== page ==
Old Shops and Village Rambles
Shops and characters to remember
Mum would send me to the Miss Marriots for my hair to be trimmed. Two kindly spinster sisters, who adored their many cats, they lived in the cottage next to the Band of Hope Hall (Joseph Webb Memorial Hall). Their garden was colourful with tall hollyhocks, lupins, foxgloves and stocks. I enjoyed going there and was always given a glass of lemonade and some biscuits. Sometimes, a lady would come to our house for my hair trim. At the end she always used neck-clippers; they were so blunt the hairs were pulled out by the roots. I dreaded it and would say timidly “My neck doesn’t need to be trimmed this time because Mum said”. Knowing I’d made it up while mother was out of the room, she’d say “Oh yes you do”, as I sat there, gritting my teeth.
We had a very good Bidford and Mickleton Co-op, where our excellent NISA is today. I still remember Mum’s 4 digit divvy number even if nowadays I cannot even remember my mobile phone number!
Along a short distance, past the much photographed cottages, was Emma Bennett’s house, a step up to her front door, from the pavement. It has been demolished now, where Tudor cottages are built. Dear Emma was a wonderful seamstress, did all manner of sewing in general. The poor woman had a harelip/cleft palate. How easily that could be surgically corrected these days.
Opposite Holly Mount there was the Carpenter’s Shed, the building still there today. The scream of the circular saw and lots of hammering coming from within always petrified me.
Across the drive, at Ivy Cottage, Mrs Yardley sold cigarettes. As we got older a group of us would be sent on errands to get Woodbines or Senior Service. Mrs Yardley must have despaired at times, when her bell rang yet again. She’d come to the cubby hole, a tiny head-height door, that she pushed open, and there would be no-one there. She probably heard the whispering and giggling though, from nearby hiding places!
Joe the Sweep lived in The Terrace, He liked to attend weddings and would kiss the bride, for good luck, while she tried to “keep him a distance” For he was BLACK at all times! He was a jolly figure on his bike, brush and rods over his shoulder. Maybe his skin gradually got impregnated by the soot, but with his black clothes too, the only light feature about him was the whites of his eyes! Remember Sunday nights’ Black and White Minstrels? Joe could have auditioned for it, and would not have needed the make-up.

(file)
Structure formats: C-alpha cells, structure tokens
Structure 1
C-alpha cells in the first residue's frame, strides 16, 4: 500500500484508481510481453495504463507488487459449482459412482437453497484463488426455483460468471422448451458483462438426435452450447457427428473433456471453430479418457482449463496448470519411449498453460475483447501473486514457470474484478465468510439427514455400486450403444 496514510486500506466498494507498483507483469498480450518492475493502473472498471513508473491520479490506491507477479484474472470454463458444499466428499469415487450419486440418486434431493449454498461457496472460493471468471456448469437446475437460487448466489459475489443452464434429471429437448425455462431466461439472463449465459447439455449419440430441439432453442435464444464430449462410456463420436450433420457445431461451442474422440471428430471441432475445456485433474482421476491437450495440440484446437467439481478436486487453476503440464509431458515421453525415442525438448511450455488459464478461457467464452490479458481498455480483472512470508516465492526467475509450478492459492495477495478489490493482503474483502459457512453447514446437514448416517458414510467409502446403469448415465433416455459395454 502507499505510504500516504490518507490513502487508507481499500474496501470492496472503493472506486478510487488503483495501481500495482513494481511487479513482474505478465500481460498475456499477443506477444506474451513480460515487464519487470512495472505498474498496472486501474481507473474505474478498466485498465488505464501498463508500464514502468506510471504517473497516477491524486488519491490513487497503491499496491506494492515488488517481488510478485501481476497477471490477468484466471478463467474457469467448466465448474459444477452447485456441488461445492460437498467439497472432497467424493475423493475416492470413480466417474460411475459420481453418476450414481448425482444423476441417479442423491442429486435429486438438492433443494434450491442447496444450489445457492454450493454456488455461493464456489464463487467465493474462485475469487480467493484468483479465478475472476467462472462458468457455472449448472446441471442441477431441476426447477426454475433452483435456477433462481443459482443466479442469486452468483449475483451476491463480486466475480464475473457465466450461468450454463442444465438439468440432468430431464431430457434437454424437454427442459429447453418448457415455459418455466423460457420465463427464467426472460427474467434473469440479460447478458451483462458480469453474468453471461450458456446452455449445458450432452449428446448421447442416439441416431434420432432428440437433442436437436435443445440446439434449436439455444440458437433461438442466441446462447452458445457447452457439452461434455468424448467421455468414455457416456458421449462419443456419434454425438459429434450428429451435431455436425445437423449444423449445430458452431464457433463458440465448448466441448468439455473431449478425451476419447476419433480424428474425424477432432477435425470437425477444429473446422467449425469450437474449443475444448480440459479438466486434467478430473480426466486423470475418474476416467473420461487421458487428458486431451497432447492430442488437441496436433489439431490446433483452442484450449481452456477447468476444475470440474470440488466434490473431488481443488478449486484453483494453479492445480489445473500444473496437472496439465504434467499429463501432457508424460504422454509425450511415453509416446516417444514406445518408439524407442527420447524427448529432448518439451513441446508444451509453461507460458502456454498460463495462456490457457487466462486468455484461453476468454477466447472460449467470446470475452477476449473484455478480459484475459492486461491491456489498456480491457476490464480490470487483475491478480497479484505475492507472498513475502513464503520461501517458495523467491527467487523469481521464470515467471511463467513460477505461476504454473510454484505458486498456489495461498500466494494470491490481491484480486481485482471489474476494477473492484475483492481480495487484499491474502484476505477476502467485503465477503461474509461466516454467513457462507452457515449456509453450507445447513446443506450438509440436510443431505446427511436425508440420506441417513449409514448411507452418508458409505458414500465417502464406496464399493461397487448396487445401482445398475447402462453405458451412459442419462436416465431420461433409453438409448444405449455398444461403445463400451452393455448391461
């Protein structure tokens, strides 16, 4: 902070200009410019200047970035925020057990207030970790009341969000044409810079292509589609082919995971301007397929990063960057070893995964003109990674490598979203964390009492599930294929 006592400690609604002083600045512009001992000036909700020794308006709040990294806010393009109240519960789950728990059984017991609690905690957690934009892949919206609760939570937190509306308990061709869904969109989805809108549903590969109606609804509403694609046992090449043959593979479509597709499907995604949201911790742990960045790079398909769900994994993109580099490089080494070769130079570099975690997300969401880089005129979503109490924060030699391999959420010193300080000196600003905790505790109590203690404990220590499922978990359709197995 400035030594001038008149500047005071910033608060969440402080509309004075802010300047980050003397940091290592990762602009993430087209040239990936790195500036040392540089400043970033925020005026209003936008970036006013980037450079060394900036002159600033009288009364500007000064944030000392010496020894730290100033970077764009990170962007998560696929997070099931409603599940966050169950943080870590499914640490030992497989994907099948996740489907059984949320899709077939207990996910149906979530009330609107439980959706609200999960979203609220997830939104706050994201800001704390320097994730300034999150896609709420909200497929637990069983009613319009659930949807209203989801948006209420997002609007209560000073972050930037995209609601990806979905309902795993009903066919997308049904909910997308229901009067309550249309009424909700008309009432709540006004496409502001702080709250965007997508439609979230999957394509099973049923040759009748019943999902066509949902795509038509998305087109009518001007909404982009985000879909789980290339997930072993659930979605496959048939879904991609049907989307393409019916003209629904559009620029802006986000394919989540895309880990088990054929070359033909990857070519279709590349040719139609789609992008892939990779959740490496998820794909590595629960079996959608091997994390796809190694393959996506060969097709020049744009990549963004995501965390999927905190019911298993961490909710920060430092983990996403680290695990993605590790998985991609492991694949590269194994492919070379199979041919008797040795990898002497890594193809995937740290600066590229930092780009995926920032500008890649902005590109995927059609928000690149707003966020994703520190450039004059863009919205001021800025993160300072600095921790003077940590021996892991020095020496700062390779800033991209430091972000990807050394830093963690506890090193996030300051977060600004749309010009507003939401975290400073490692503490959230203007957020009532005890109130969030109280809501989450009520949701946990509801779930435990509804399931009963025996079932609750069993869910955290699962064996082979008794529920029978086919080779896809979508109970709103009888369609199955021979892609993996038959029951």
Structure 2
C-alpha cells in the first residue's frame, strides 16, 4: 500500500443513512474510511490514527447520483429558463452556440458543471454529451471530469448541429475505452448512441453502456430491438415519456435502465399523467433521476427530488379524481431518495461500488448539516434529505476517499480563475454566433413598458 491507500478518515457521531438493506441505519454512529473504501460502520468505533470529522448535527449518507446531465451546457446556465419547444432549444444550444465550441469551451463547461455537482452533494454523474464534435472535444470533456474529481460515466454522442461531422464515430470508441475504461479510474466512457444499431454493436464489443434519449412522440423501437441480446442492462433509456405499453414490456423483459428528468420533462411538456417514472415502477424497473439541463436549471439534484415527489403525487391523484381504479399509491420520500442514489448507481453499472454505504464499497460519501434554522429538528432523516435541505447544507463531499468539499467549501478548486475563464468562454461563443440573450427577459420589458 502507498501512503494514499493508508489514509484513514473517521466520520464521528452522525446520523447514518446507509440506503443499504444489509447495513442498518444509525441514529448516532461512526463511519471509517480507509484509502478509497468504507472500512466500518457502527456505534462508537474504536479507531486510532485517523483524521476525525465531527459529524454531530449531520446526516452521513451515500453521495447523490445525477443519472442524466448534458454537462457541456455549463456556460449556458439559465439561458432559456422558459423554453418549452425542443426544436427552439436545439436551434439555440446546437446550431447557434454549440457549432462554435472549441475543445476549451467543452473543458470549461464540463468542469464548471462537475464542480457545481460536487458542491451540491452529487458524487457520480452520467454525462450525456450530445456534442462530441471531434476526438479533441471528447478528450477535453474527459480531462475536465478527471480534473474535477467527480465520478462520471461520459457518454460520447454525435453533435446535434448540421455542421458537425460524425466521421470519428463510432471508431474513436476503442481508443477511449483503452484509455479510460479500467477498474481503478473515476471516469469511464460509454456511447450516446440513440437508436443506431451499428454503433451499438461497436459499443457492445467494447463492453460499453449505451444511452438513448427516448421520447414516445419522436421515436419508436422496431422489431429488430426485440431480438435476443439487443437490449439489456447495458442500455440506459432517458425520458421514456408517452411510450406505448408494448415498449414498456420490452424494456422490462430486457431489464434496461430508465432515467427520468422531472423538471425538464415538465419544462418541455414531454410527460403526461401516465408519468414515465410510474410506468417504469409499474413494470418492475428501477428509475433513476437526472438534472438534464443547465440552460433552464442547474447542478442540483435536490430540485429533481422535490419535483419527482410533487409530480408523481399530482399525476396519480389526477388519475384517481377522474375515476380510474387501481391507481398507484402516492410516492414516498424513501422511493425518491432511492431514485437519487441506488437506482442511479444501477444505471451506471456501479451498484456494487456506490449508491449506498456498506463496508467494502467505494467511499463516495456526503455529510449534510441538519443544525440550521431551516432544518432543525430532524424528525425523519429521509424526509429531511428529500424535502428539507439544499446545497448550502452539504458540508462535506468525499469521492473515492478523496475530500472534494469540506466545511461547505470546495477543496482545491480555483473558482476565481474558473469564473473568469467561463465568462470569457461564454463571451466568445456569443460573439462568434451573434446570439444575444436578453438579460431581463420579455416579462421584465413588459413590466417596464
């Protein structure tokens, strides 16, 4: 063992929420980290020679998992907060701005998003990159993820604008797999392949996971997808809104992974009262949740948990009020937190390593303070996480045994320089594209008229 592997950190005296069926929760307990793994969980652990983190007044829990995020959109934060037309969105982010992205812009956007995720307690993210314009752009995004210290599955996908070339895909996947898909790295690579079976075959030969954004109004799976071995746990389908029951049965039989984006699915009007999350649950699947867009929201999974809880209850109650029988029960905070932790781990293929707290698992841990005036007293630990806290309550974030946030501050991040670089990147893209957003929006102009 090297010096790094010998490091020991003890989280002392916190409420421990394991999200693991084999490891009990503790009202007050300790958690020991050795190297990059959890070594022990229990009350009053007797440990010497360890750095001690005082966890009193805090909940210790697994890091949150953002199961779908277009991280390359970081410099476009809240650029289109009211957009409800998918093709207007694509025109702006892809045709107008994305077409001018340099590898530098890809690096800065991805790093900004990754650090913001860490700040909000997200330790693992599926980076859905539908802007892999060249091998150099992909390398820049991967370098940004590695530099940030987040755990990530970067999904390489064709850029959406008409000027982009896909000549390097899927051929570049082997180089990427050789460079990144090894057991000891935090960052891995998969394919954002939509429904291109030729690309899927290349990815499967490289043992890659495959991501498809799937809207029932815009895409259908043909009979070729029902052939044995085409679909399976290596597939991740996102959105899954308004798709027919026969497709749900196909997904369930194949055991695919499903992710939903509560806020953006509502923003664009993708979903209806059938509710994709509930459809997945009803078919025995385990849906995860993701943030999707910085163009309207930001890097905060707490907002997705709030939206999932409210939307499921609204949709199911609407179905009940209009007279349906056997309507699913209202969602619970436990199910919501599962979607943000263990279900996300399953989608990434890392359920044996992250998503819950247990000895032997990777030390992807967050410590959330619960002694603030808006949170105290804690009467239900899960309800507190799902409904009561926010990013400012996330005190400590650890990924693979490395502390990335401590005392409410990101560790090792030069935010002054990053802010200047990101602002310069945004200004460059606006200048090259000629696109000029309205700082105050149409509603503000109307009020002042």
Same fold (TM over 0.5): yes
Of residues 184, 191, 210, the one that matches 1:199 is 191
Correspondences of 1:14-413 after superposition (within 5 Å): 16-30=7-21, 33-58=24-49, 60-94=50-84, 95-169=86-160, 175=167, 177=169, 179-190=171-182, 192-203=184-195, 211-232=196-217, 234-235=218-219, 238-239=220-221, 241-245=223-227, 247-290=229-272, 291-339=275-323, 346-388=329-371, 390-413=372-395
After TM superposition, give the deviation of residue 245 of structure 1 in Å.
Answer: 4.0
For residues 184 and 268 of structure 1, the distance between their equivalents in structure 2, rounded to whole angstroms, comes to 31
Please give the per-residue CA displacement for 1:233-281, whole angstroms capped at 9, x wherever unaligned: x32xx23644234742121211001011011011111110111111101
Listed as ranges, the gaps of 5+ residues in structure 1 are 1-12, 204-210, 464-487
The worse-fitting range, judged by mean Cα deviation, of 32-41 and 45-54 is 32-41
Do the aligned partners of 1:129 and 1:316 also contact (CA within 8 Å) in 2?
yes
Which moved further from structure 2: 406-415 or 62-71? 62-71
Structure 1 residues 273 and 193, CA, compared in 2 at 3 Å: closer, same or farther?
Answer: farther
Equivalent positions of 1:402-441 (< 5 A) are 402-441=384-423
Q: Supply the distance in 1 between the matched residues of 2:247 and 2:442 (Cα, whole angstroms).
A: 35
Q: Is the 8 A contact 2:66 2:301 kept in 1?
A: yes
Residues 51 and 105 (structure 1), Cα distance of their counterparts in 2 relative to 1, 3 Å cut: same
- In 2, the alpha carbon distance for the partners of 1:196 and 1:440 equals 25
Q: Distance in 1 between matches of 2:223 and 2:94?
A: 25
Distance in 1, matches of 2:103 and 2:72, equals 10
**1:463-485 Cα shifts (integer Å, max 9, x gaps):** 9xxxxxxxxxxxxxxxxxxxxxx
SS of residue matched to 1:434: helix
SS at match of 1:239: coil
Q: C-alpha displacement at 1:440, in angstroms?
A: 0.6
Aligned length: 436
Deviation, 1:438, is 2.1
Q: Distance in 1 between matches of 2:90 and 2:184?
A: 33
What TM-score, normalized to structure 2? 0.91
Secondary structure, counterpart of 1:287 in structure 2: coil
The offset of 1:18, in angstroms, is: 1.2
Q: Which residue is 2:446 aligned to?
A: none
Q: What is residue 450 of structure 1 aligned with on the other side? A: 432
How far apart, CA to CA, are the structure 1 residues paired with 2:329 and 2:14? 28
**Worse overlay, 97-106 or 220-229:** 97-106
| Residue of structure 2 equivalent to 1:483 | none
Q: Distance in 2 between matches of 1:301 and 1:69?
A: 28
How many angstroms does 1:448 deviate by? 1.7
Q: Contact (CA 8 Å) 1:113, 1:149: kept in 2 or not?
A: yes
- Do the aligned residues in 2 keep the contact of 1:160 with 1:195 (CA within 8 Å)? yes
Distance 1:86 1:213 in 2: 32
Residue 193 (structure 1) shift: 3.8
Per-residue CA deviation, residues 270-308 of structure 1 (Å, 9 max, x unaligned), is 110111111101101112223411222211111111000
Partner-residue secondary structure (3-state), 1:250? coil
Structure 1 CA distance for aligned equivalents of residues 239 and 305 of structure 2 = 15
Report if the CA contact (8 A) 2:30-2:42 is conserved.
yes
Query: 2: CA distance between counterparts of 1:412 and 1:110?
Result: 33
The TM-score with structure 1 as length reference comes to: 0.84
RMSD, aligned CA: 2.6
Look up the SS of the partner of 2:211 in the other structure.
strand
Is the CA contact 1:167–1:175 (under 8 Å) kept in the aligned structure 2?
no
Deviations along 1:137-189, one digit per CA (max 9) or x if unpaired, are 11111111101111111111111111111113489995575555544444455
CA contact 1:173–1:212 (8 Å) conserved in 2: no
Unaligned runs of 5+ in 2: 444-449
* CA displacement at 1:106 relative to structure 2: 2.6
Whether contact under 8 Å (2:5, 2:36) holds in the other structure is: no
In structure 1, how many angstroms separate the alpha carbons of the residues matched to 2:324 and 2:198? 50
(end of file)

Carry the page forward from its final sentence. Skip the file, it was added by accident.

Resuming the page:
Next door was Mr Johnny Hoggins’ farmhouse. I remember lovely summer evening walks, carrying an enamel jug which Mrs Hoggins filled with proper milk, fresh from their own herd. Those were the days! Get it back home carefully without spilling any, and soon there would be two inches of cream settled at the top, to be used on puddings or in Camp coffee (remember that?) I’ve never had milk since then that tasted as wholesome and good as the Hoggins’.
Well, this short ramble through the High Street evoked more memories. The steam roller was a regular sight, the smell of hot tar, chimney billowing smoke, keeping the roads in tip top condition (no potholes then!) Mr James, the lengthman, tended verges, roadsides and pavements, so everywhere looked neat and tidy. Mr Jim Moss, our resident builder, employing several men, played a big part in our village. We still have a lovely photo of him taken in more recent years. The Carpenter’s Shed, mentioned earlier, has quite a history. The Grinnall family, first, as general builders, used it as their workshop, then the Moss family, and Tony Harper carried on the carpentry tradition there, until he retired. What a hive of industry this little area was, with Sid Bryant, the blacksmith, just across the road.
Hopefully, by recounting just some of them, these illustrious persons will never be forgotten.
This article was first published in the Parish magazine, November 2011
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